Graduates earn a BSc in Medical Radiation Sciences from the University of Toronto and a Diploma in Radiological Technology from The Michener Institute and may pursue advanced studies at Michener, including:
Applicants to the Radiological Technology University of Toronto Joint Program must possess specific qualifications in order to be eligible for admissions. Please visit our Admissions Requirements by Program page for details.See Admissions Requirements
The fee policy for Canadian students can be found on the Canadian Tuition Fees web page.
The fee policy for International Students can be found on the University of Toronto, Radiation Oncology – Finances web page.
When you enroll in the Radiological Technology program at Michener, you will study a wide range of subjects, including general radiography (x-ray imaging of the chest, abdomen and skeleton), radiographic and fluoroscopic imaging of the body systems (an imaging procedure that allows live “real-time” x-ray viewing of the patient), and computed tomography (x-rays that produce cross-sectional images of the body). Most courses incorporate hands-on learning – so you get to practice and learn the skills necessary for your future career. Aside from profession specific skills and knowledge, you will also learn about the Canadian health care system, the importance of interprofessional health care delivery, and how to provide your patients optimal care; many of these courses are taught in a collaborative environment, allowing you to learn from, about, and with other health care professional students.
Semester 1 – Fall
Semester 2 – Winter
Semester 3 – Summer
Semester 4 – Fall
Semester 5 – Winter
Semester 6 – Summer
Semester 7 – Fall
Semester 8 – Winter
Note: The above curriculum is subject to change. Clinical education may be scheduled as simulation experience at Michener or as placement in clinical environments with our clinical partners.
Selectives give you some expertise in specialized fields of practice such as MRI, ultrasound, health education, specialized radiation therapy methods, and computer-assisted image analysis, and may allow you to fast track certain advanced level programs.
Length: 42 weeks
- 8 weeks at the end of Year 1
- 4 weeks at the end of Year 2
- 30 weeks in Year 3
At the end of the first year of the program, you will be placed in an affiliated clinical site for an eight-week period in May and June. At the end of the second year you will return to your clinical site. In the third year of the program, you will be placed at the same site for two full semesters (30 weeks)
As clinical education is a major component of all Michener programs, our affiliated clinical sites are integral to your education. They include teaching and community hospitals, in Ontario. Working closely under the supervision of Radiological Technologists, you will have the opportunity to integrate knowledge and skills into practice during the clinical phase of your program. Clinical placements give you hands-on experience in work environments and the opportunity to network with potential employers.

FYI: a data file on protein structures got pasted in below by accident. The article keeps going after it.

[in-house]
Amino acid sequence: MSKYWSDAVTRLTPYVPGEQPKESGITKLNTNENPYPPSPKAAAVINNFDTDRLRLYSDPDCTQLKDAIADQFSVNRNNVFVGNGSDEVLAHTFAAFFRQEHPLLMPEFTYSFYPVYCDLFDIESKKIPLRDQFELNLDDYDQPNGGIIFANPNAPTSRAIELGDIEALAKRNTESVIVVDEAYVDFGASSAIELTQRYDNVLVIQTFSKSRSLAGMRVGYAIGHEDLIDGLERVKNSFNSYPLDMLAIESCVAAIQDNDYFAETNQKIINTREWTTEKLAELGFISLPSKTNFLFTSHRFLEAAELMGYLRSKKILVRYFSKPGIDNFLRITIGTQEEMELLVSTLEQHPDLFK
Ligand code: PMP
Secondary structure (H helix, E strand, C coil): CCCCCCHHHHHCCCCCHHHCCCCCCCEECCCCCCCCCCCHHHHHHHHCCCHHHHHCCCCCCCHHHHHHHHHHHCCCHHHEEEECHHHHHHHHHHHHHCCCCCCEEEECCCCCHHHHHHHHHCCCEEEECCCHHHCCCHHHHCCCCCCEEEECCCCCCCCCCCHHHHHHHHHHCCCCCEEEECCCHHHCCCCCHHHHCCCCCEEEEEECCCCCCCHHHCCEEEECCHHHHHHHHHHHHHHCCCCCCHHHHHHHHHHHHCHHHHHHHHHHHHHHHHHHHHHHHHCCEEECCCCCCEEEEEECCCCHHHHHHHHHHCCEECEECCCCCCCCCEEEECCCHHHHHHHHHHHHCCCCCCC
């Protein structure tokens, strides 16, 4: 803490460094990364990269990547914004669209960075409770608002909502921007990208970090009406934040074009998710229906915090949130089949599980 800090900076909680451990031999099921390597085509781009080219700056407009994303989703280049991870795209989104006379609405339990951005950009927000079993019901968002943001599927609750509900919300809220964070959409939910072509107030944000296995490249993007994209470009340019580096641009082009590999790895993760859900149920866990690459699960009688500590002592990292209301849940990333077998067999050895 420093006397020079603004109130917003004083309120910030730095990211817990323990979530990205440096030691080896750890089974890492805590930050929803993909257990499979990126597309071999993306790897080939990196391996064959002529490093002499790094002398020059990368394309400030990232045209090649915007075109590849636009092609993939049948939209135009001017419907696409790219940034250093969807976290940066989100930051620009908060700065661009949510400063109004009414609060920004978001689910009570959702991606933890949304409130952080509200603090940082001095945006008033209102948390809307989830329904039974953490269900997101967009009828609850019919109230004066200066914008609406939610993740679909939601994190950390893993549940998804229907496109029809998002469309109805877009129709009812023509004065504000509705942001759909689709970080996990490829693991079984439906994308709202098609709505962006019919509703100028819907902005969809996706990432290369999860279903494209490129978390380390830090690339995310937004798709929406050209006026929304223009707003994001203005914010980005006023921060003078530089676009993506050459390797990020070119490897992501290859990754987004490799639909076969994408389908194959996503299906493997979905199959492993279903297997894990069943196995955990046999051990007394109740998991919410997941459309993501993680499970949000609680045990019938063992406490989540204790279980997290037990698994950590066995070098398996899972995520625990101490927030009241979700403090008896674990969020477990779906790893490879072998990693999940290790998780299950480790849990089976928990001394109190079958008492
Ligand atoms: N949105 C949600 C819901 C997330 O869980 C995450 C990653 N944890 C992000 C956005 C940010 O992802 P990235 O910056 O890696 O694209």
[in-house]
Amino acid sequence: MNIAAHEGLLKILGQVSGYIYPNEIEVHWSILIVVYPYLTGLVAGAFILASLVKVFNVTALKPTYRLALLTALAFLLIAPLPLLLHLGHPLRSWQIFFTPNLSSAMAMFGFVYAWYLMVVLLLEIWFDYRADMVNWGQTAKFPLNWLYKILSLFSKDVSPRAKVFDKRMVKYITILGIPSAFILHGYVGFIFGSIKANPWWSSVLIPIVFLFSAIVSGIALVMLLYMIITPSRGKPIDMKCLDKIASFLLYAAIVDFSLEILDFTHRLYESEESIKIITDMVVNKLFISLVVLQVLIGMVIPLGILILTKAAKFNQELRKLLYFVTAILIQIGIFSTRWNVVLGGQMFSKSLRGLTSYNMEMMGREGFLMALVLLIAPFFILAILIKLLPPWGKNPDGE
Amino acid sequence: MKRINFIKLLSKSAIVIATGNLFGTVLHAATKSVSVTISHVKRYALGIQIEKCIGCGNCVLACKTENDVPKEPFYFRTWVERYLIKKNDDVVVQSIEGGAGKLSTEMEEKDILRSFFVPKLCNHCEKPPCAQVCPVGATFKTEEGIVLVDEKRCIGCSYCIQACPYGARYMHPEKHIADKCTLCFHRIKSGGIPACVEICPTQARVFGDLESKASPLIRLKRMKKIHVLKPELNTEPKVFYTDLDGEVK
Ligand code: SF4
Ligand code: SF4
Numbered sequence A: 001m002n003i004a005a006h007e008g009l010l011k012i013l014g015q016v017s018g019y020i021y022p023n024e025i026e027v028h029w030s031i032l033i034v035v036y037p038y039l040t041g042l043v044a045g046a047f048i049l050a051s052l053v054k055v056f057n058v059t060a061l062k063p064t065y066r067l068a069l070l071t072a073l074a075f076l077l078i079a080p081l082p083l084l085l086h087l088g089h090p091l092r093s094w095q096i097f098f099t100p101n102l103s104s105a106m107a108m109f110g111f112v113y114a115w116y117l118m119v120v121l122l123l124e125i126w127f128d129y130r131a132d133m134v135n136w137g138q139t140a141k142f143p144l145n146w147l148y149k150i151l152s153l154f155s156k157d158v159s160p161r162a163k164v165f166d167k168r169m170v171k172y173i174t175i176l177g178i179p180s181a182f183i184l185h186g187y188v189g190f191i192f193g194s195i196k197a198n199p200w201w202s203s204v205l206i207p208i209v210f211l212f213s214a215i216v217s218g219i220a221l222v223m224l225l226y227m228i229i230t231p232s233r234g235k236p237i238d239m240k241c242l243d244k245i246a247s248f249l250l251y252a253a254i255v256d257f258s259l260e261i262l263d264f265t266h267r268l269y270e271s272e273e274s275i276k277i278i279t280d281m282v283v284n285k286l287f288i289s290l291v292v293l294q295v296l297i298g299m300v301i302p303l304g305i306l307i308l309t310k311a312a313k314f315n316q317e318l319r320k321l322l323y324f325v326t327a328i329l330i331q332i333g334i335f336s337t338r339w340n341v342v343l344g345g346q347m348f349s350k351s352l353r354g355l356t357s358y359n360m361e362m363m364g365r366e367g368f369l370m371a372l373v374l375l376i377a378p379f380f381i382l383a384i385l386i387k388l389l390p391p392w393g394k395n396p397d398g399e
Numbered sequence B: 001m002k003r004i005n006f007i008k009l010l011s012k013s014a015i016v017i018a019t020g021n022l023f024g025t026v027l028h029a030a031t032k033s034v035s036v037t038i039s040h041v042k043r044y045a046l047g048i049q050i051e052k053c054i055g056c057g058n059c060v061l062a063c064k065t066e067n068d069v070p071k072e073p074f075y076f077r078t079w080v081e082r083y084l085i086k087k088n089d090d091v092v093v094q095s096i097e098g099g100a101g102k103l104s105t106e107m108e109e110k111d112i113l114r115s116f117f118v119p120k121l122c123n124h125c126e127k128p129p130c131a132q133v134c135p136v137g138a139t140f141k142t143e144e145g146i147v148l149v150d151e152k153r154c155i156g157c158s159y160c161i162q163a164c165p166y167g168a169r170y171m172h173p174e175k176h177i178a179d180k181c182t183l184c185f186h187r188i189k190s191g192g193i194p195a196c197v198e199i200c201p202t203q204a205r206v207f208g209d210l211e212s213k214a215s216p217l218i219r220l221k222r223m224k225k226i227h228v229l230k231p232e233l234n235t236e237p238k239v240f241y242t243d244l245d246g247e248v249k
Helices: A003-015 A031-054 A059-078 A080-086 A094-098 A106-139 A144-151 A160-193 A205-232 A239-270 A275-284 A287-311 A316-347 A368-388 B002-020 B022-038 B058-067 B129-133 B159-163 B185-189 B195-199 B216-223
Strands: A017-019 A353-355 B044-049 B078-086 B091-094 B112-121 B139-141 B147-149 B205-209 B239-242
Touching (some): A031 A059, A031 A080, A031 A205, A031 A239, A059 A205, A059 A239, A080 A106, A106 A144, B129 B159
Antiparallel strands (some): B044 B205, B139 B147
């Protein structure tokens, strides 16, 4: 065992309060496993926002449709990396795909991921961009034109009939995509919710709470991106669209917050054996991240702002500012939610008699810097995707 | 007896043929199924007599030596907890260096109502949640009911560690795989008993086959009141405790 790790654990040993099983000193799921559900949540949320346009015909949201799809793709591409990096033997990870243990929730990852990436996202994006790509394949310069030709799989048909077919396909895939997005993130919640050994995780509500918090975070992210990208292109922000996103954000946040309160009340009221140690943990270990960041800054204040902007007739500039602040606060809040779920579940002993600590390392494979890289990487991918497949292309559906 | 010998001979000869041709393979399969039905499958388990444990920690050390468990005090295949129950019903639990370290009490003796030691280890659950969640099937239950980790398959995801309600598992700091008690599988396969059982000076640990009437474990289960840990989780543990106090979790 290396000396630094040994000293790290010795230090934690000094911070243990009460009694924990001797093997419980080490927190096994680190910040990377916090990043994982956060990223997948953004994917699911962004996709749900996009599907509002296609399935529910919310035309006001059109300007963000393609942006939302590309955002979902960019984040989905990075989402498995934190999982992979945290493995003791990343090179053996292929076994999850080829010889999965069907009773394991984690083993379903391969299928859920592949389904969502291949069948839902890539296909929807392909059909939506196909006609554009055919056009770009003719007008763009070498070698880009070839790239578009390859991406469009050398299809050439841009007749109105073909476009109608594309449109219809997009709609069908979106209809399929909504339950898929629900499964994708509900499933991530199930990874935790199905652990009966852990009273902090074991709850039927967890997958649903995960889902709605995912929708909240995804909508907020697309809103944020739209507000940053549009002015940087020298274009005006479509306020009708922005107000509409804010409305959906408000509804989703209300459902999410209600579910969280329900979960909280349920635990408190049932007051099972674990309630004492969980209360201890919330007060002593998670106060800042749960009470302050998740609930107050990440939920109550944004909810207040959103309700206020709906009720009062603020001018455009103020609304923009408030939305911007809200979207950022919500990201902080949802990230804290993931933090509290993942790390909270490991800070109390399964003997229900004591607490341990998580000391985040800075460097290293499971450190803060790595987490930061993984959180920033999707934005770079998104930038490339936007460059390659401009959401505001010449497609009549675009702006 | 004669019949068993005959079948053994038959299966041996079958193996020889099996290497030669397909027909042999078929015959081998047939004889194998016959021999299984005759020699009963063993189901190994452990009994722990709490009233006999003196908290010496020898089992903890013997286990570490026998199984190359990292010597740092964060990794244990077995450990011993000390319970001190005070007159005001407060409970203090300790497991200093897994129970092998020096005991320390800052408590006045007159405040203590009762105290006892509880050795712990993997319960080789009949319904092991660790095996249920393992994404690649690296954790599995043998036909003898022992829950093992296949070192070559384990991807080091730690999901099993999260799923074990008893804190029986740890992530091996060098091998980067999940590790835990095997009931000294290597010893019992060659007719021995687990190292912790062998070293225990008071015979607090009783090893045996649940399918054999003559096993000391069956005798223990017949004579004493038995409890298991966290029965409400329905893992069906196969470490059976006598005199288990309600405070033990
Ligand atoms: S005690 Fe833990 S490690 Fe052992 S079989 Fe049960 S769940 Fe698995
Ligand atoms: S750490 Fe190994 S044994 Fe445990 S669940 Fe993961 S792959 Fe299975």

Clinical partner sites and number of student placement allocations at each site are subject to change and are confirmed at the time of your placement. Please note that when you accept a seat in the program, you also accept to go to any of the program’s affiliated clinical sites available at the time of your placement. In addition, you agree to comply with the following mandatory requirements which must be completed prior to the start of your clinical placement:
- First Aid and CPR Certification for Health Care Providers
- N95 Mask Fit Testing
- Updated Vulnerable Persons Check (also required upon admission)
- Updated TB Test (also required upon admission)
Michener highly recommends all students be vaccinated with influenza vaccine. This vaccine may be mandatory at some clinical sites. Students must follow clinical site protocol.
The Radiological Technology program is a Canadian Medical Association (CMA) accredited program and has achieved 6 years accreditation status in 2013. The goal of accreditation is to ensure that programs enable their students to acquire the knowledge, skills and attitudes to function as competent health practitioners for the benefit of all Canadians. Accreditation, an external validation of program quality, is the public recognition that an educational program has met national standards. Graduating from an accredited program means that:
- your education has met national standards
- your program has patient care and student welfare at the forefront
- your education is relevant to current medical practice
- your have access to professional registration
- you have attained the competencies required for entry to practice
- your education is recognized by employers and the public
- you have greater mobility as a health science practitioner
For University of Toronto Bursaries, contact the MRS Program at firstname.lastname@example.org.
At The Michener Institute, professors make a genuine effort to teach you, whether it’s 1-on-1 or in small groups. The classes are small, a lot more interactive, and you feel a sense of accomplishment every single day. Hearing about this from previous students in Rad Tech really gained my interest and being here I can tell you that this is completely true. Also the fact that you complete a Radiation Science degree, but are taught mostly at Michener is a bonus.
I had heard of Michener from a friend and knew of its many programs and good reputation. I thought the x-ray program looked great and since I had already done a lot of school I liked that it was a shorter 3 year program (as opposed to 4 years) with a lot of clinical experience. I chose Michener because of this and I thought that it's location in Toronto and association with U of T would provide me with excellent educational and clinical opportunities. I also really love living in Toronto and wanted to stay in the city.